Previously, on The Beauty of Transport…
We looked at the background to, and some early examples of, Railtrack’s corporate graphic design, including the first of its Annual Reports. Along with the following two editions, they remain the most stylish and artistic corporate documents produced in the UK transport sector. They probably still rank highly amongst any publicly listed company in the UK, in fact. Railtrack had had the rather brilliant idea of using part of its Annual Report to detail its key achievements in the form of double page illustrations, plus a wrap-around poster cover, the first of which adorned the office wall of the transport news magazine where I worked in the early 2000s…
The poster cover for Railtrack’s next Annual Report (1997/98) joined its predecessor on the office wall. This time, the design cleverly blended photography and poster art in which one type blended seamlessly into the other.
Artist Andrew Davidson must have impressed Railtrack with his “Working in ‘STEP'” illustration in the 1996/97 Annual Report, because this time he was awarded the commission for the graphic design of all six illustrations in the report (five double page spreads plus the poster cover), on the theme of “Transformation”. Davidson’s illustrations are beautiful and often highly intricate pieces of art, and he works in a range of media moving between woodcuts, wood engravings and gouache paintings. Apart from Railtrack, other transport-related work he’s undertaken includes a book for Cunard about Queen Mary and the design of the Intercity Pullman logo.
He was paired with photographer David Partner who provided the photographic elements used in each spread. Partner has undertaken a lot of work in the field of infrastructure photography (check out his wonderful nuclear power station photos in this gallery). He has a knack for capturing dramatic viewpoints which made him ideal for the work in Railtrack’s 1997/98 Annual Report.
The idea of these blended graphic/photographic posters is easier to show than explain, so here’s the poster cover for the report:
As you can see, Davidson’s illustration on the left blends into Partner’s photograph on the right. As so often, vintage railway posters helped provide the inspiration for the poster. Railway artist Terence Cuneo’s “Track Laying By Night” poster (see it in the National Railway Museum’s collection here) was the earlier example this time.
Inside the annual report, further blended photo/poster works illustrated Railtrack’s key achievements. Here, for instance, is Railtrack explaining its work in restoring Britain’s great railway station heritage, with the rather fabulous spandrels at York getting the Davidson treatment, blending in to Partner’s photograph of GNER and Virgin trains moving off.
Other illustrations in the report detailed the trial of the Train Protection and Warning System (TPWS), Railtrack’s work on bridge renewals and repairs (using the Forth Rail Bridge as the subject, again featured decades earlier on a Cuneo British Railways Poster), and reducing infrastructure-related delays.
The following year’s Annual Report 1998/99 also featured combinations of graphical and photographic art, this time on the theme of “One Direction”, though these days that has a rather different connotation…
For this annual report, painted posters were positioned as billboards appearing within (staged) photographs. Again, all terribly clever, and probably easier to show than explain.
“The Momentum Continues” explained that Railtrack’s investment programme would “provide the nation with a network fit for the new millennium”. Ironically, the photograph within which the billboard is displayed features an antiquated slam door train. This (presumably unintentionally) rather more accurately represented the reality of train travel for millions of London and south east commuters than Railtrack’s grandiose aspirations, and such trains would remain a familiar sight several years into the 2000s.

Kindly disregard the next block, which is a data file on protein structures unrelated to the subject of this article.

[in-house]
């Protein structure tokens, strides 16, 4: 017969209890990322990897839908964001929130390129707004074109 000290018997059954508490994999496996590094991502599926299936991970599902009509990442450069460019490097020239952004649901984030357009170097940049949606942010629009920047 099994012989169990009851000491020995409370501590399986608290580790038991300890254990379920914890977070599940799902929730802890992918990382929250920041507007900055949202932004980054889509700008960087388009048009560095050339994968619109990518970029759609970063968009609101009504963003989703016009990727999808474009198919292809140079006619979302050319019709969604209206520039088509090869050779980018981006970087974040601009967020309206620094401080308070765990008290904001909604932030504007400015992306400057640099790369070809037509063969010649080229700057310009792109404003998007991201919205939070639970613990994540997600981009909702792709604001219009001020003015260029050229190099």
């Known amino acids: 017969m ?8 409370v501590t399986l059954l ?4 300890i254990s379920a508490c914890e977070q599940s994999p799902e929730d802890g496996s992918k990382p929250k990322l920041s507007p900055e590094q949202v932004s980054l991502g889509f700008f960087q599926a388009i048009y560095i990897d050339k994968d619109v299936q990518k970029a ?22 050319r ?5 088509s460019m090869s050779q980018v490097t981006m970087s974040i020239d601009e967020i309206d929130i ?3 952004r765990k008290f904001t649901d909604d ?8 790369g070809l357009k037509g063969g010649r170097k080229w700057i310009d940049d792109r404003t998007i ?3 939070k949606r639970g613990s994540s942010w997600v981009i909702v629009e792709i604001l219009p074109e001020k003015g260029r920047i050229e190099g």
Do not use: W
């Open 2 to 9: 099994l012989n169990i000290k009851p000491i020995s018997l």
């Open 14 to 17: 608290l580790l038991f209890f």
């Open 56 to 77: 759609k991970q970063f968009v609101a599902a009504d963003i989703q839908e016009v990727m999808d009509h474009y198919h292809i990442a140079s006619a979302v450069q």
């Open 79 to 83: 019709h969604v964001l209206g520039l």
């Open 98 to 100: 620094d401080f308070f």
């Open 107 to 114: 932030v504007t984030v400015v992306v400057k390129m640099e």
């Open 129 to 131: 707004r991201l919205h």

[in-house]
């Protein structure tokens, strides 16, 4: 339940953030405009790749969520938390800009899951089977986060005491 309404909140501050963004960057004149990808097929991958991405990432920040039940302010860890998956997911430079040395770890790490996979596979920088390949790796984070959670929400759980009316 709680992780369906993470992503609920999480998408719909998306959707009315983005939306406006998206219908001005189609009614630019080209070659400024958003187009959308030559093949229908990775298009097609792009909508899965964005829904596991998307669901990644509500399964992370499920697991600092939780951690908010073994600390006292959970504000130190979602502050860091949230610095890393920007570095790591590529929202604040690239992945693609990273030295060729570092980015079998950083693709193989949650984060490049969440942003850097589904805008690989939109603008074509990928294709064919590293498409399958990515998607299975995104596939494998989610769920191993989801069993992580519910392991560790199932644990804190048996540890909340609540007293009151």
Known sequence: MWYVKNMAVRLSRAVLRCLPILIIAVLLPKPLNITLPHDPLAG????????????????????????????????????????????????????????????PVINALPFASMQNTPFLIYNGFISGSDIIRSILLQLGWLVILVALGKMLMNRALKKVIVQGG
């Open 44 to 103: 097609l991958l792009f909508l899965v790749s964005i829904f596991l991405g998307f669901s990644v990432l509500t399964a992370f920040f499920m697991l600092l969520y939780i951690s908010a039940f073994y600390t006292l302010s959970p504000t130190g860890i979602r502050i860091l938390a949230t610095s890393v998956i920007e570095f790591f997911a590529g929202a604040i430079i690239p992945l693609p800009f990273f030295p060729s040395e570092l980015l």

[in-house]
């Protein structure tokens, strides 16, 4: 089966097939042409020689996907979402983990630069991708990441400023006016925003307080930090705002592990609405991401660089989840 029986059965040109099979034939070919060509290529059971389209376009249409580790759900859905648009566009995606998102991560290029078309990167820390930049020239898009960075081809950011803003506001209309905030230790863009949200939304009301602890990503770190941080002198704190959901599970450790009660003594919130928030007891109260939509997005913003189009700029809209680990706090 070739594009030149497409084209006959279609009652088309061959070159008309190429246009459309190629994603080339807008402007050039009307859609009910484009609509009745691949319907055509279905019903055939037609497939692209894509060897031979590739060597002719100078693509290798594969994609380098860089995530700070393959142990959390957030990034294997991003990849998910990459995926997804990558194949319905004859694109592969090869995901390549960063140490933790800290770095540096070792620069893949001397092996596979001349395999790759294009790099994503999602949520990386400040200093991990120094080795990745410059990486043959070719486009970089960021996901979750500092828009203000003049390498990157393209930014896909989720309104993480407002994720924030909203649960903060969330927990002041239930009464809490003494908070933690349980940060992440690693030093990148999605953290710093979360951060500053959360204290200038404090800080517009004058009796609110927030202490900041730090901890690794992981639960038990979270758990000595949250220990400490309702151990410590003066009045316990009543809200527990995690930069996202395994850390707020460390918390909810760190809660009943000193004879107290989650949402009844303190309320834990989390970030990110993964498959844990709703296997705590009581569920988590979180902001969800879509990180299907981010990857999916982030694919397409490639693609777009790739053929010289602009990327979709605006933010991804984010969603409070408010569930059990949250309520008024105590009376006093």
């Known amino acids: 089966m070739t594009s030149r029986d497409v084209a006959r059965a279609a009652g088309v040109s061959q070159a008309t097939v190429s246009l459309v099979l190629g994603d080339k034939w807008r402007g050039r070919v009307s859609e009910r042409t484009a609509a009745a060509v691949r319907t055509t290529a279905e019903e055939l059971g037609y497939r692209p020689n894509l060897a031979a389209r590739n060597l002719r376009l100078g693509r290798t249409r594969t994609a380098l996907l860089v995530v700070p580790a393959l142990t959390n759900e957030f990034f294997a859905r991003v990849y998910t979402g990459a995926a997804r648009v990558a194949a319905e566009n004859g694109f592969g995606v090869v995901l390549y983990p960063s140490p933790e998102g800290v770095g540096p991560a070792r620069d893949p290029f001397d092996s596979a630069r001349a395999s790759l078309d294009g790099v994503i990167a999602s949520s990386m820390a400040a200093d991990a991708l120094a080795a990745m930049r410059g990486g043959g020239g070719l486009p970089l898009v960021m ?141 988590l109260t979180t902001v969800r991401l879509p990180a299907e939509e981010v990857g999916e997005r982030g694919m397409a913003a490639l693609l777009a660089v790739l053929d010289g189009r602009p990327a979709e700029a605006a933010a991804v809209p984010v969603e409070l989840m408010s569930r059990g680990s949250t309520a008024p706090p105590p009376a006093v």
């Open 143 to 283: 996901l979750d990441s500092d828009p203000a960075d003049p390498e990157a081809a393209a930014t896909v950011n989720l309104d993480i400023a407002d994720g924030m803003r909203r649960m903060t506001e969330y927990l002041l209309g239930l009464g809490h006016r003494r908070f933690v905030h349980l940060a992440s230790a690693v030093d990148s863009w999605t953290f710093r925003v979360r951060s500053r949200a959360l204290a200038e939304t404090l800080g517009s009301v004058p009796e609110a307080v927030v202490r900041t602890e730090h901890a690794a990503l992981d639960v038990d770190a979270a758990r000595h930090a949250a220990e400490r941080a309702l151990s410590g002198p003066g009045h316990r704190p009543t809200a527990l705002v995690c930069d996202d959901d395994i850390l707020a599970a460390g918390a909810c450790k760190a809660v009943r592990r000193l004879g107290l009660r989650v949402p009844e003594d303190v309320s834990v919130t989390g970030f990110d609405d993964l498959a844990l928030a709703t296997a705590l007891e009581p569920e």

Once again, Andrew Davidson was selected to provide all six paintings for report (one for the cover, five double page spreads inside). They are his most abstract works for Railtrack, beautiful bold images generally concentrating on details from railway operation rather than wider views. Photography on the picture spreads was again handled by David Partner, this time with human subjects often to the fore.
Inside the report, the five double page illustrations once again detailed Railtrack’s key achievements, including how measurement of key performance indicators was allowing it to make investment decisions with the biggest payback. Davidson’s bold treatment of a headlight detail from a Heathrow Express train is quite wonderful, while Partner’s FT-reading executive is the perfect accompaniment, together transcending a snooze-inducing topic.
The momentum might have been continuing as far as Railtrack and the front cover of its annual report was concerned, but in the real world it was about to come to a screeching halt in a manner that exposed serious questions about the company’s competence.
In October 1999, the Ladbroke Grove train crash near Paddington station in London killed 31 people. Although its direct cause was a Thames Turbo train being driven through a red signal, Railtrack was strongly censured by the subsequent public inquiry for not ensuring the signal’s easy visibility when electrification works were carried out around it, and failing to review the signal after eight earlier incidents of it showing a red signal but train drivers passing it.
Now, suddenly, the 1999/2000 Railtrack Annual Report was a sober, plain affair, designed and produced by corporate reporting firm Pauffley. It was decisively different in presentation from the flamboyant reports overseen by Stocks Austin Sice.
The cover was dark blue and there were no artistic interpretations inside of Railtrack’s biggest achievements that year. They had all been overshadowed by its evident safety failings. This was a company that knew it had been caught out, and caught out badly, and its annual report is a startlingly contrite piece of design compared to its predecessors. Now was the time to appear sober, humble and responsible, rather than flashy and bombastic. You’ll notice that the first descriptive term in Railtrack’s vision for the railway is that it be a “safe” one.
According to the text inside, in a new “Safety Statement” not seen in previous annual reports, Railtrack was, “determined to build a justified public confidence that the railway is safe and developing safely.”
Things, however, were about to get a whole lot worse for Railtrack. Whatever public confidence was left in its safety management was about to suffer a final, knockout, blow.